I very much agree with the idea that software gains power by its pervasiveness, such that users no longer have the freedom to choose their own software. As Henri says, it may be chosen by their employers, or even just by the force of the marketplace. As economists have pointed out, there's a natural tendency to monopoly in software, because once it reaches critical mass, you tend to need the same software that others are using. But note that this is only true if the software uses proprietary data formats! If the software is "open" as to its data formats and interfaces, the user is not locked in.
To me, this very argument points out that the problem is abuse of monopoly power, not the intrinsic nature of software distributed without source code. Software distributed with source code frees me from a certain kind of lock in, but this is less of an imperative if the vendor isn't trying for lock in in the first place.
I'm mindful of the wonderful old Usenet .sig quote from Doug Gwyn, which went something like this: "If UNIX didn't let you do stupid things, it wouldn't let you do smart things either." One of the problems I have with the GPL is that it tries to correct for abuses by proprietary vendors ("stupid things") by making them impossible. But this cuts off various business models that, if done properly ("smart things"), provide huge benefits to users and other developers. Not all software (or other work products, such as books) are done for the love of it, or to "scratch the creator's own itch." A lot are done to put food on the table and a roof over someone's head. And so we have to make room for models that provide a richer spectrum of incentives for the work to be done. I believe in marketplaces -- a willing seller and a willing buyer, with a range of currencies (from dollars to the esteem of peers) as the exchange -- and trust that over time, any abuses can be corrected by education and advocacy.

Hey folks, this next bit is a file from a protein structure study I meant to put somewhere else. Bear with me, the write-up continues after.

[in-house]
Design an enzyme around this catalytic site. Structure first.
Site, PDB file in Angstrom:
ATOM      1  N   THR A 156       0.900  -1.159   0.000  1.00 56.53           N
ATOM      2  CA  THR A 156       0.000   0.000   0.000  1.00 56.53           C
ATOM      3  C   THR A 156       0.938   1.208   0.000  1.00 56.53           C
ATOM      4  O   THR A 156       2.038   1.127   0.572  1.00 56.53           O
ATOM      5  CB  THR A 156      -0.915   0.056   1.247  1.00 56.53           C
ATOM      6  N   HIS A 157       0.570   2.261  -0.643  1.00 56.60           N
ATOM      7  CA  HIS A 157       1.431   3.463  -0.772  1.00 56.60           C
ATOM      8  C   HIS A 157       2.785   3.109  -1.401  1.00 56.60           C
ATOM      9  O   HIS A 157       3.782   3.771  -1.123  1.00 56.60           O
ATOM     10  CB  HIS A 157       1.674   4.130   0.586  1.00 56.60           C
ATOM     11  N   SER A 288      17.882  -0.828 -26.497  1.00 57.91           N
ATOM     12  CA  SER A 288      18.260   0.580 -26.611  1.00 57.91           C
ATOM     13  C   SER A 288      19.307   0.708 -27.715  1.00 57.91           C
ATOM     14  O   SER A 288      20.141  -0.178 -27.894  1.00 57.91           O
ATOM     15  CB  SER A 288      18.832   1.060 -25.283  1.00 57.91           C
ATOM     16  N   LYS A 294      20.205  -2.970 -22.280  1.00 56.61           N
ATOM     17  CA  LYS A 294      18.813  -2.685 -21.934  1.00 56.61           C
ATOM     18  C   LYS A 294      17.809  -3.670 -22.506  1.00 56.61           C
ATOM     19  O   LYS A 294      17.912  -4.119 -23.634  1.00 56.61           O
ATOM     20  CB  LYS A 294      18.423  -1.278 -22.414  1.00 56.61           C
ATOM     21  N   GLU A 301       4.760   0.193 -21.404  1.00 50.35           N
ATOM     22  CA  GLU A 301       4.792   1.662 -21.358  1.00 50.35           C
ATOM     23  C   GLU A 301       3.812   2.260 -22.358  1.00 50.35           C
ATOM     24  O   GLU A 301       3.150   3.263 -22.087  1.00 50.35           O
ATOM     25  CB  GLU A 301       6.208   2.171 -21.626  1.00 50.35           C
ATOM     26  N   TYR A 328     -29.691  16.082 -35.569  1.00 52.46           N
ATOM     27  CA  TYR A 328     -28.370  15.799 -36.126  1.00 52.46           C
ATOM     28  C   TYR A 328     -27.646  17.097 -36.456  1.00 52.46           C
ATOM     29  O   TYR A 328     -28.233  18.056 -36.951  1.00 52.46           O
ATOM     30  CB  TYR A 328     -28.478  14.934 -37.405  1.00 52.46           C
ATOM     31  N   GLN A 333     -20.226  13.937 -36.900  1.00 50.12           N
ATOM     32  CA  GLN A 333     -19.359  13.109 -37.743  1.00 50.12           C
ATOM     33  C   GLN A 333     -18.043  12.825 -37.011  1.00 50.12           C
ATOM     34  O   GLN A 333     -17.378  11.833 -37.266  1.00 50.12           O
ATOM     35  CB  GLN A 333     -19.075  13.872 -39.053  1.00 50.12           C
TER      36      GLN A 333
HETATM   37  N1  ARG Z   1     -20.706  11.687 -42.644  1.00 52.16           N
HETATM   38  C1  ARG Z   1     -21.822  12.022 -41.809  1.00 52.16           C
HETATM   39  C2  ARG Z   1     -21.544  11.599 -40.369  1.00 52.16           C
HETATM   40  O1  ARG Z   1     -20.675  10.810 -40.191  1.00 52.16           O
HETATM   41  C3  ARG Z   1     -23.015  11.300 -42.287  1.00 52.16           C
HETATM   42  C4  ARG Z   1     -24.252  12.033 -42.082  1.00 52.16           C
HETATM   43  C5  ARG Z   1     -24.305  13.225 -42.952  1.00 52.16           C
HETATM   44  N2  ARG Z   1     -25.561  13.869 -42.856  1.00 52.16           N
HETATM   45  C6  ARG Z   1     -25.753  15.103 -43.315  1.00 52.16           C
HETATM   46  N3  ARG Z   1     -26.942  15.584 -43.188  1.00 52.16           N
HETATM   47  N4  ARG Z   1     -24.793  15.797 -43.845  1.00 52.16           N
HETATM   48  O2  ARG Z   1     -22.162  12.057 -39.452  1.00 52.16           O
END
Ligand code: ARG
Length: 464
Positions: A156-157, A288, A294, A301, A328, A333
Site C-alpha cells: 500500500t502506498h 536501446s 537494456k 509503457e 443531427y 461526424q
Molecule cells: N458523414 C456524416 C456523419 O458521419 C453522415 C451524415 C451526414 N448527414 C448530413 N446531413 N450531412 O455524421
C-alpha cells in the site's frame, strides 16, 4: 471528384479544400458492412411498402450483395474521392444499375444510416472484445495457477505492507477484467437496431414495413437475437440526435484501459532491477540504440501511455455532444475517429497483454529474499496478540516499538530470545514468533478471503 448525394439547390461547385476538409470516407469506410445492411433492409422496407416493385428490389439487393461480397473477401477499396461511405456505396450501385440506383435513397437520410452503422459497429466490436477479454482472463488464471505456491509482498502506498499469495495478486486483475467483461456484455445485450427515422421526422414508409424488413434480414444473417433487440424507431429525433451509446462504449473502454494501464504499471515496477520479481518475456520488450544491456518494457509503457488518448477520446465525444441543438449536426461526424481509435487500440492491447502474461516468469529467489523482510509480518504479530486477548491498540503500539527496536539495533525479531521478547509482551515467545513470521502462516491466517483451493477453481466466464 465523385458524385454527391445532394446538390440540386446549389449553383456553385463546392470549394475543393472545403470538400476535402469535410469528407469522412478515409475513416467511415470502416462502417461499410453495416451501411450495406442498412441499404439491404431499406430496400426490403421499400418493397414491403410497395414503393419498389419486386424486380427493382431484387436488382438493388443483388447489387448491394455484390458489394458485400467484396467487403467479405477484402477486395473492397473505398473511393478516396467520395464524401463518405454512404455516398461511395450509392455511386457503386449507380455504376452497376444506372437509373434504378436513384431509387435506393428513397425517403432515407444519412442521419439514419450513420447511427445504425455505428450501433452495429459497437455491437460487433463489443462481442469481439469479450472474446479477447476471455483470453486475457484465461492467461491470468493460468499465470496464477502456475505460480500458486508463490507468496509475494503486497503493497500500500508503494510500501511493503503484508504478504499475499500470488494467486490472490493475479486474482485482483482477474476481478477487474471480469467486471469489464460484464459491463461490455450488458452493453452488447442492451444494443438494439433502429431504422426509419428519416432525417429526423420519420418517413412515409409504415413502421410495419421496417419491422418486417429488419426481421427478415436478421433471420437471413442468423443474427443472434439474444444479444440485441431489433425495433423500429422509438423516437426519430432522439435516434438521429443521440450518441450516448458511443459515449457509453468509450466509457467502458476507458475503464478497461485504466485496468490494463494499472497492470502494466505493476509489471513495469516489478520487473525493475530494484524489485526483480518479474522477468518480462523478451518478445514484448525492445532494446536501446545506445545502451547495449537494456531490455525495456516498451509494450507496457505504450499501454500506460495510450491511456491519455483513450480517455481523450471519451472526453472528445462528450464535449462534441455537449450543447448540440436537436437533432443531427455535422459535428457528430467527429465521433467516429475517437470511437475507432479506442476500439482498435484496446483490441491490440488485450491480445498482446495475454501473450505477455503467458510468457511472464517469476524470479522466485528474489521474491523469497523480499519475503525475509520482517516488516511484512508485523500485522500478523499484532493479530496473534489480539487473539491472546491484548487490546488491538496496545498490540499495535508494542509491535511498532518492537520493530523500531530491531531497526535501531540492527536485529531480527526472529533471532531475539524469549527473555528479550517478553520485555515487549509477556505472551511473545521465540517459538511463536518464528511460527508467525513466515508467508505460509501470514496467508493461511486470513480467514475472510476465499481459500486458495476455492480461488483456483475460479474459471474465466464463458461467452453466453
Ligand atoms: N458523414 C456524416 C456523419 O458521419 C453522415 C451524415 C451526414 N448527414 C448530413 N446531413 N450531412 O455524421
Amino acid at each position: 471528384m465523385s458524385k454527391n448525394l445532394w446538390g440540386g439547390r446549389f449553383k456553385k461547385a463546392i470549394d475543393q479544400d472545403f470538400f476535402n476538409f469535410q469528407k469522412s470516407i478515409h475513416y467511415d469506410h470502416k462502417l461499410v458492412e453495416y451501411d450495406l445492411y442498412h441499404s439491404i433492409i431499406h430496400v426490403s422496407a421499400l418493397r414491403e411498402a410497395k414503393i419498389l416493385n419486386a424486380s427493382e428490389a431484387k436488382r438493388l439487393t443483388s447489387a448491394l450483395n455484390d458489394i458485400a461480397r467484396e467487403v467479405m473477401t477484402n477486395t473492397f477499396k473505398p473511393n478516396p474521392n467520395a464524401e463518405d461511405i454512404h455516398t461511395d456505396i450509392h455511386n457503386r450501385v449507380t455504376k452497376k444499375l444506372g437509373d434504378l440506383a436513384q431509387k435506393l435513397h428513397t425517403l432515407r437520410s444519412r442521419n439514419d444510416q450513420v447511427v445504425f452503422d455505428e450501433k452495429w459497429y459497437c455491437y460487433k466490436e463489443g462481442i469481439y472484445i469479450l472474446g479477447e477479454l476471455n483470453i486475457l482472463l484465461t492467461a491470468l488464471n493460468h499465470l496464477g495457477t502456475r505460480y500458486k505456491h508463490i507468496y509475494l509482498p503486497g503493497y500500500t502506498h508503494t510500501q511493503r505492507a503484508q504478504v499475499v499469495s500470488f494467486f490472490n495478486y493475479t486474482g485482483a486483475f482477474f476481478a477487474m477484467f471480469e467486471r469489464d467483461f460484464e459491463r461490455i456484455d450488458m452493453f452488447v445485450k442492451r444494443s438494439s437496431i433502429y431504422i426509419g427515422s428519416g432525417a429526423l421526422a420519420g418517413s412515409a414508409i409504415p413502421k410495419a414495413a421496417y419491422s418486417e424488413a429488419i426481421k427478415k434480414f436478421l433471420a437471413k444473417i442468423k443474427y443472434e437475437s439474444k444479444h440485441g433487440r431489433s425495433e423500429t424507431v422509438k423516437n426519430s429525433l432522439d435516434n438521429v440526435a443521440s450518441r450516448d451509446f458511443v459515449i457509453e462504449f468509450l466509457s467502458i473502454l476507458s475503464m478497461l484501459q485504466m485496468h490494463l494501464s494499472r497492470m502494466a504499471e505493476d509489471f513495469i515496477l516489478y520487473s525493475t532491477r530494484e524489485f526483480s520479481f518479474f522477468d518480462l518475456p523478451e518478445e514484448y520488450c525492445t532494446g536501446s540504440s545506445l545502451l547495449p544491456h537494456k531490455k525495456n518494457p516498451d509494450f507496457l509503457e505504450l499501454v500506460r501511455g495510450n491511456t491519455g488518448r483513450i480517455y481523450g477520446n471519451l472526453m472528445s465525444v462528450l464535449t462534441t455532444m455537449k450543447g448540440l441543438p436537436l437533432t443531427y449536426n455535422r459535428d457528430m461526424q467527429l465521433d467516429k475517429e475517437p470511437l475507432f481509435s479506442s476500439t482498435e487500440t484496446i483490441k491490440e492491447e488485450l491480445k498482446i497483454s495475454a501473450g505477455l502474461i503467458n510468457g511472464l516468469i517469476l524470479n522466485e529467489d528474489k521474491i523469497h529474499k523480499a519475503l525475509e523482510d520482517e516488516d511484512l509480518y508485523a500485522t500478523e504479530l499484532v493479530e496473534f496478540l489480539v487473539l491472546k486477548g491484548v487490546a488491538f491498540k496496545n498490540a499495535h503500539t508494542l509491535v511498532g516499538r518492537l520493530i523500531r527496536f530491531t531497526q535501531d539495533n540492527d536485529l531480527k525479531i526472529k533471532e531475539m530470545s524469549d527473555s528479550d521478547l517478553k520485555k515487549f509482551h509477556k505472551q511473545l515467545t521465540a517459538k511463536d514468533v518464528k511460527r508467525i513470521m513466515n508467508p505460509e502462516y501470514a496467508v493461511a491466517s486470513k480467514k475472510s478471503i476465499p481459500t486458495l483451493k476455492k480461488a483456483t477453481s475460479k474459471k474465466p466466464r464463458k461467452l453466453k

I'd rather leave people the freedom to do stupid things, while encouraging them to do smart things.
These issues are really worth thinking about very deeply, because the ground is changing under our feet. If we don't separate out the real goals (deep freedom of choice) from more superficial freedoms (e.g. the ability to change the source code), we might find ourselves in a world, where, for instance, source code is always redistributable but vendors have found other forms of lock-in (patents, for instance, or just monopoly market power that allows them to keep changing a data format faster than competitors can keep up.) The fundamental freedom is the freedom of choice, not the freedom to have source code. Having source code is a step towards that freedom, but not the first freedom in and of itself.